Oh for goodness sake Willy, get a grip

Mr. Hutton:

allowing destabilising and economically valueless financial transactions to balloon in value to many times world GDP

Come along now, even you stayed awake long enough in the economics lectures to know that this is impossible.

GDP measures value. So it\’s impossible for the value of something which makes up GDP to be greater than GDP itself.

What you mean is that the turnover of the financial markets is greater than world GDP.

If you cannot get those sorts of things right time to hand in that economist\’s secret decoder ring I fear.

Bankers\’ bonuses unite everyone in outrage – from captains of industry bewildered how top bankers can earn so much more than they do to the newly unemployed who wonder what they have done to deserve poverty and hardship while the moneymen pocket millions.

Noo, don\’t think so really. I\’m certain that a very large chunk of this outrage is the upper middle classes who populate the columnists\’ positions getting outraged that those they saw as duffers when they were at uni with them earning multiples of what the columnists do.

It\’s the pulling away of bankers\’ incomes from the incomes of the chatterati which hurts, the way in which they are now 10 to 100 times the median wage rather than just the five times said median earned by an Observer columnist. Or the seven times it earned by the man who drove the Work Foundation into the ground, eh Willy?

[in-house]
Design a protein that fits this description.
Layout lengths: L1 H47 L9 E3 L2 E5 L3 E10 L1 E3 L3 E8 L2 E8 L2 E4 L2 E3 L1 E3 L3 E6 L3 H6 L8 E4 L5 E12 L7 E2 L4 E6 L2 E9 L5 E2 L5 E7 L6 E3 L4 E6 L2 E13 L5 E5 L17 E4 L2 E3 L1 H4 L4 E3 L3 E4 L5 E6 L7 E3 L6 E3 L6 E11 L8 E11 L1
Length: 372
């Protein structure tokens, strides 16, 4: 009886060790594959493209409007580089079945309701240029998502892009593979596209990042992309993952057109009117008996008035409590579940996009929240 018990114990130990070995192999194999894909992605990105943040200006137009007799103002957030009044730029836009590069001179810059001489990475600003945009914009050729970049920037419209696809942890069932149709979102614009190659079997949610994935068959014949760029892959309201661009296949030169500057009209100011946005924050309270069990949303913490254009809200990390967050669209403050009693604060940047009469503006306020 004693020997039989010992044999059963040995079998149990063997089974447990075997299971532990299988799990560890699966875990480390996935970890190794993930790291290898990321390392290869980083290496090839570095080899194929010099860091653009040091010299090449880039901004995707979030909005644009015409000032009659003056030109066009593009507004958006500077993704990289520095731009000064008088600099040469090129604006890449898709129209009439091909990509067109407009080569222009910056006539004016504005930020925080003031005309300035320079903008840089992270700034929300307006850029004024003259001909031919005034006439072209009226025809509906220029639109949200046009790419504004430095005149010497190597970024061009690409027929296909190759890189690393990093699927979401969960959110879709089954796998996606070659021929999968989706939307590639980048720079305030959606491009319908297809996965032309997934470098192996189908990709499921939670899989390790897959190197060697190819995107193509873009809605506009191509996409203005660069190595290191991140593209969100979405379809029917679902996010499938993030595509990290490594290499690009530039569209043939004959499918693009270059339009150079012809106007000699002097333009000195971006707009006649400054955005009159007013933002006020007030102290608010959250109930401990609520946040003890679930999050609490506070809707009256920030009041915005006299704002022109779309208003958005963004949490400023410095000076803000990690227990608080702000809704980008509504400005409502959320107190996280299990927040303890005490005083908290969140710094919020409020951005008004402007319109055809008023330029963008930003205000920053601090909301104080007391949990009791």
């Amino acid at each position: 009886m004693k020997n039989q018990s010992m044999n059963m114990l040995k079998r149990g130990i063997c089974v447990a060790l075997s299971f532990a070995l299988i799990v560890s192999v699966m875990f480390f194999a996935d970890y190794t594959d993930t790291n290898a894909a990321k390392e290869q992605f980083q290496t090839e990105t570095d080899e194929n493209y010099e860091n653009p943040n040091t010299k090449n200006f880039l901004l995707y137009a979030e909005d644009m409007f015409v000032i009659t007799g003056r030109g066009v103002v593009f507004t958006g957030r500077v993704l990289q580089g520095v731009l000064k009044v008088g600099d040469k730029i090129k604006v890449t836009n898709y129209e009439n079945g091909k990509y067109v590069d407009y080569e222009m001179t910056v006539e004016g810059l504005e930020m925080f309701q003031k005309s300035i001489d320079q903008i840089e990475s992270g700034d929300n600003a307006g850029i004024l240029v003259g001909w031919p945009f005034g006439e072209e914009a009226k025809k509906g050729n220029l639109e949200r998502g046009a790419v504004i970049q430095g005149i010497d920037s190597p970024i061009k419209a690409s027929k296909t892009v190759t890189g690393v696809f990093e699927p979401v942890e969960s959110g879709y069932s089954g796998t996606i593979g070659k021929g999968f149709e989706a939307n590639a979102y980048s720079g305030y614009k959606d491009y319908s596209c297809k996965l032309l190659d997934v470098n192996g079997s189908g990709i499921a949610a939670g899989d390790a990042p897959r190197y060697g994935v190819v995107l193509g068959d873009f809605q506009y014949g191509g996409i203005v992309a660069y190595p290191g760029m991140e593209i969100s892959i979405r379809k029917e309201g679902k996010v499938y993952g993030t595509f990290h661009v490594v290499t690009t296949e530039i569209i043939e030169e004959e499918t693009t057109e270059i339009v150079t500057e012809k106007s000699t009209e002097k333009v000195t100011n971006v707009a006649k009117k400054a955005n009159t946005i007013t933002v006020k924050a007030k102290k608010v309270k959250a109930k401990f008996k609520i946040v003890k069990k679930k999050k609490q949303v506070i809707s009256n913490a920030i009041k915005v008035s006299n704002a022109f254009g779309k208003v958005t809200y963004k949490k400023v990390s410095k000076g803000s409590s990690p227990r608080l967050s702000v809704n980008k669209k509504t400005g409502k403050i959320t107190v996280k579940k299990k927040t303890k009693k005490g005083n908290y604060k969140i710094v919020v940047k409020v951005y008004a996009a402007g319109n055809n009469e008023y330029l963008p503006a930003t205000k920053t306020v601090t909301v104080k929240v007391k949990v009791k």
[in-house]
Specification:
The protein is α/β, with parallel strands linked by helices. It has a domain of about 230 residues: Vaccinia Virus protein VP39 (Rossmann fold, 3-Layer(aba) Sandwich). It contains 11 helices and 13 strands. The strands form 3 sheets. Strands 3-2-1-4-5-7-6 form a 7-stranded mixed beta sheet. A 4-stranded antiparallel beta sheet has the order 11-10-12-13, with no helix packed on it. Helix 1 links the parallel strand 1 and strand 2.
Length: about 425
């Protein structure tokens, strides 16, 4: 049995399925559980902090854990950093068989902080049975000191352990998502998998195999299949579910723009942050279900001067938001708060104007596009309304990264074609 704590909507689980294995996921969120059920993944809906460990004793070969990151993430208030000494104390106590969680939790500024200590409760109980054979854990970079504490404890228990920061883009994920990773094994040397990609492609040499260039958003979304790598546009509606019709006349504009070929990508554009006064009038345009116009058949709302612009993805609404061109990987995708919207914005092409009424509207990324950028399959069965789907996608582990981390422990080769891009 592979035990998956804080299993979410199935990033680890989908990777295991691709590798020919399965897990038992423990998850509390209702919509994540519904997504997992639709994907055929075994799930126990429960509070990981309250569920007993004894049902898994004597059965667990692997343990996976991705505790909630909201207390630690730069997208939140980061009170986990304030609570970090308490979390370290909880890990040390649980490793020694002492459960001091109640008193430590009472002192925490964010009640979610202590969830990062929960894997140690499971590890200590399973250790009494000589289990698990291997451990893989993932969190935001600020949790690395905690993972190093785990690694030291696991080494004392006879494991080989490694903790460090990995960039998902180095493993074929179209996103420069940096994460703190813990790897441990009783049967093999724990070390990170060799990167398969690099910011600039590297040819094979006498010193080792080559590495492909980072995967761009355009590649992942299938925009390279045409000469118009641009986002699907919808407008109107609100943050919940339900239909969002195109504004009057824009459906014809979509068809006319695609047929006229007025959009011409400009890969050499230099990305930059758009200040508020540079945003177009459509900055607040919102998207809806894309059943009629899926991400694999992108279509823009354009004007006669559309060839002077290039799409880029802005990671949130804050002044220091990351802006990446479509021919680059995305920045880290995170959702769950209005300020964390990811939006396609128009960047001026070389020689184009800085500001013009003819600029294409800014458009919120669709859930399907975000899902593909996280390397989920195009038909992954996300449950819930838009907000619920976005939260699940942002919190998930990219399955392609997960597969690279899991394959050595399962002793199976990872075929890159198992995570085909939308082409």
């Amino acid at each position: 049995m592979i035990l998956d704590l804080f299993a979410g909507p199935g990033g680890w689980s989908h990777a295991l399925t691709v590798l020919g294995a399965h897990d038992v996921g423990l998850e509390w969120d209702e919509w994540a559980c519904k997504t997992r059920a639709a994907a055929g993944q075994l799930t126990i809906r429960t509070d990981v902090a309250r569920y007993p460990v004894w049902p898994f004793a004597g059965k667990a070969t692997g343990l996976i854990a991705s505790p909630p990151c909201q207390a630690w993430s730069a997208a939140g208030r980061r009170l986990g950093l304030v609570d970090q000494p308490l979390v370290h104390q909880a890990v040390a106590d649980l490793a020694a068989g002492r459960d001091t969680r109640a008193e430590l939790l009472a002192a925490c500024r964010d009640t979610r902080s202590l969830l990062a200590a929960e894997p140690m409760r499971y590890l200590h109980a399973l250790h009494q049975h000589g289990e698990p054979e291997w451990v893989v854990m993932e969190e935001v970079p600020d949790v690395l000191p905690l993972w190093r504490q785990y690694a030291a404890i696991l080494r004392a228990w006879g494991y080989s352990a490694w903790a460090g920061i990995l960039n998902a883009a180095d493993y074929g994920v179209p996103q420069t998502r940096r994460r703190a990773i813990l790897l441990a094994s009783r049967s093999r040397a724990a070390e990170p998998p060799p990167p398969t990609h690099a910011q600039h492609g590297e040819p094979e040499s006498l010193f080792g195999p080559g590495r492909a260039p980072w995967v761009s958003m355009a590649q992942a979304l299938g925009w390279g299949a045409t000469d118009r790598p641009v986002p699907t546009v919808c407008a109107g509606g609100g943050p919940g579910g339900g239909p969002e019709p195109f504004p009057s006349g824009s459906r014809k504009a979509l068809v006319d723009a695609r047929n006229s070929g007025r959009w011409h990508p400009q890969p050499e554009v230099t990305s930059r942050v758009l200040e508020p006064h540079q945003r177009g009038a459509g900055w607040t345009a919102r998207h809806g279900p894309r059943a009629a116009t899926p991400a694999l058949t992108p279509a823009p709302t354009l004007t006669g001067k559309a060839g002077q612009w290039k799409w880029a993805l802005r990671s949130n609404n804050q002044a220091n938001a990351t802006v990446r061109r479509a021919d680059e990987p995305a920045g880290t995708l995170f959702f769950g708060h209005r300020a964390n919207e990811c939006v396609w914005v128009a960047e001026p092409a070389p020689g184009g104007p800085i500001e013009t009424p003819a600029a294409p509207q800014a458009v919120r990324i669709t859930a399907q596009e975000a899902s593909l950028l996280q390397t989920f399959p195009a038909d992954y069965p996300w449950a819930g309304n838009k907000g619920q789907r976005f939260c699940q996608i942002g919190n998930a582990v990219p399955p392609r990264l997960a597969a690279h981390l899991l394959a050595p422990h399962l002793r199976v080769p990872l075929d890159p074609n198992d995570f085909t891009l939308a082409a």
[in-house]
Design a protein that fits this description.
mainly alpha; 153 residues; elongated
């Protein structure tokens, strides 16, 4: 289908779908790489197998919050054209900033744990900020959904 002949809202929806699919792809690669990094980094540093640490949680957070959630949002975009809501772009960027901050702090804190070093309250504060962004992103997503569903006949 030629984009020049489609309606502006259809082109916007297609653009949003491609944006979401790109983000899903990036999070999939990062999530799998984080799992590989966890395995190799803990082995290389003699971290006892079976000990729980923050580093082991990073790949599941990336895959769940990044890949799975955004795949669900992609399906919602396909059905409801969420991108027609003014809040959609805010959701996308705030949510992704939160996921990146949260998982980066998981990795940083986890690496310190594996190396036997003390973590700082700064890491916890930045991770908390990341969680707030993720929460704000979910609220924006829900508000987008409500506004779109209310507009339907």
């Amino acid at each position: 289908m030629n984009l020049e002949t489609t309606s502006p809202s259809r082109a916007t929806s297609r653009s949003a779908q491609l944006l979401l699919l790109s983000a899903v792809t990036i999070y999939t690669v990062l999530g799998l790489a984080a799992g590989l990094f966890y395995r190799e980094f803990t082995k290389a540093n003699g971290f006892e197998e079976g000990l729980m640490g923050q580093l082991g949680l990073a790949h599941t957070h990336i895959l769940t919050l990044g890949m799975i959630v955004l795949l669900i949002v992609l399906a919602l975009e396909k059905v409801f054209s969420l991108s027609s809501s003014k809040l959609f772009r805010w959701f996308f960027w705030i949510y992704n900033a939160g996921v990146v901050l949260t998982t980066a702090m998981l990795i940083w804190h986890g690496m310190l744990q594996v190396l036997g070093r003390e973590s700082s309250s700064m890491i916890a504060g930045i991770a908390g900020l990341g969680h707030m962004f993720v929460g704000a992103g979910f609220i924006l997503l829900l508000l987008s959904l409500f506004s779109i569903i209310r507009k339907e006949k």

Everybody in high finance knows the risk, but, paradoxically, the bailouts of 2008 were almost too successful. There was no slump; creditors and bank depositors lost no money; the system survived and recovered.

My word, that is excellent then. So we can indeed deal with banking system crises and thus no change is necessary?

6 thoughts on “Oh for goodness sake Willy, get a grip”

  1. It’s even worse than you say Tim. You don’t need to know anything about GDP to know that this is nonsense:

    “allowing … valueless … transactions to balloon in value”

    Anyone who writes that obviously hasn’t thought at all.

  2. I see no contrition from the man on his running of the Work Foundation into the ground. Yet he thinks he has some skill and expertise to lecture us, despite his dismal record.

  3. I think any time Mr Hutton opines on matters economic, someone should ask him why the Work Foundation went bust. Simple question, repeated until he shuts up.

  4. Even some free market-friendly economists, such as Kevin Dowd and Martin Hutchinson, argue that modern finance and speculation has ballooned to absurd levels, Tim. For instance, at one point, the total, notional value of the world’s credit default swap market was $62 trillion. Now these are notional figures, and should net off each other, but the growth of this market does seem way over and above what would be needed to hedge risks intelligently.

    But the solution to all this leveraged marlarkey is not controls and regulations, as Hutton and the rest favour. The solution is to stop pumping so much damn cheap money into the system int he first place. If you lower the price of credit risk to near zero, the results are inevitable.

    DBC: Tim’s arguments are not less valid just because he blogs from abroad

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